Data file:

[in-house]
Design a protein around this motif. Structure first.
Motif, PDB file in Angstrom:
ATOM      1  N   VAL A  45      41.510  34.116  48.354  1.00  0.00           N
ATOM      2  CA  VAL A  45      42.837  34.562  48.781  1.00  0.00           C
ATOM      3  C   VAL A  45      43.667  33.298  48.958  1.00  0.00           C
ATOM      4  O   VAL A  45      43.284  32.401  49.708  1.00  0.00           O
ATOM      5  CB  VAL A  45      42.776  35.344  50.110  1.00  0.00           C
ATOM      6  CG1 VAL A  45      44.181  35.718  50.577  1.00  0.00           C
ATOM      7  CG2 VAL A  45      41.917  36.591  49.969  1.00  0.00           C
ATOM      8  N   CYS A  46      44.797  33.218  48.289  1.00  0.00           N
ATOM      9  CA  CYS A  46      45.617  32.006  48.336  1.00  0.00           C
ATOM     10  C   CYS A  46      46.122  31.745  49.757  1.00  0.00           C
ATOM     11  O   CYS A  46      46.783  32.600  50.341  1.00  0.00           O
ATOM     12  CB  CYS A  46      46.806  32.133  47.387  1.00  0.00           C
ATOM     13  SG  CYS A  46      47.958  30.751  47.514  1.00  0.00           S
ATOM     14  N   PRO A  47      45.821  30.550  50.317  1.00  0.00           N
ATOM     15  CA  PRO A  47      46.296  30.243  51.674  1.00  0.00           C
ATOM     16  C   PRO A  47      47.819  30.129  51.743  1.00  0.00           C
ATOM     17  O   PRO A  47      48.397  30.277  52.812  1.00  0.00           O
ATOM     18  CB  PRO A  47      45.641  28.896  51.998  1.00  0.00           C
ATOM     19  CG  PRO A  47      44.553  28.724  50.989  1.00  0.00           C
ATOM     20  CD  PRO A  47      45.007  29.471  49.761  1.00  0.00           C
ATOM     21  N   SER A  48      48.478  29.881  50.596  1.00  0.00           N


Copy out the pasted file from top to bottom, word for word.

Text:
[in-house]
Design a protein around this motif. Structure first.
Motif, PDB file in Angstrom:
ATOM      1  N   VAL A  45      41.510  34.116  48.354  1.00  0.00           N
ATOM      2  CA  VAL A  45      42.837  34.562  48.781  1.00  0.00           C
ATOM      3  C   VAL A  45      43.667  33.298  48.958  1.00  0.00           C
ATOM      4  O   VAL A  45      43.284  32.401  49.708  1.00  0.00           O
ATOM      5  CB  VAL A  45      42.776  35.344  50.110  1.00  0.00           C
ATOM      6  CG1 VAL A  45      44.181  35.718  50.577  1.00  0.00           C
ATOM      7  CG2 VAL A  45      41.917  36.591  49.969  1.00  0.00           C
ATOM      8  N   CYS A  46      44.797  33.218  48.289  1.00  0.00           N
ATOM      9  CA  CYS A  46      45.617  32.006  48.336  1.00  0.00           C
ATOM     10  C   CYS A  46      46.122  31.745  49.757  1.00  0.00           C
ATOM     11  O   CYS A  46      46.783  32.600  50.341  1.00  0.00           O
ATOM     12  CB  CYS A  46      46.806  32.133  47.387  1.00  0.00           C
ATOM     13  SG  CYS A  46      47.958  30.751  47.514  1.00  0.00           S
ATOM     14  N   PRO A  47      45.821  30.550  50.317  1.00  0.00           N
ATOM     15  CA  PRO A  47      46.296  30.243  51.674  1.00  0.00           C
ATOM     16  C   PRO A  47      47.819  30.129  51.743  1.00  0.00           C
ATOM     17  O   PRO A  47      48.397  30.277  52.812  1.00  0.00           O
ATOM     18  CB  PRO A  47      45.641  28.896  51.998  1.00  0.00           C
ATOM     19  CG  PRO A  47      44.553  28.724  50.989  1.00  0.00           C
ATOM     20  CD  PRO A  47      45.007  29.471  49.761  1.00  0.00           C
ATOM     21  N   SER A  48      48.478  29.881  50.596  1.00  0.00           N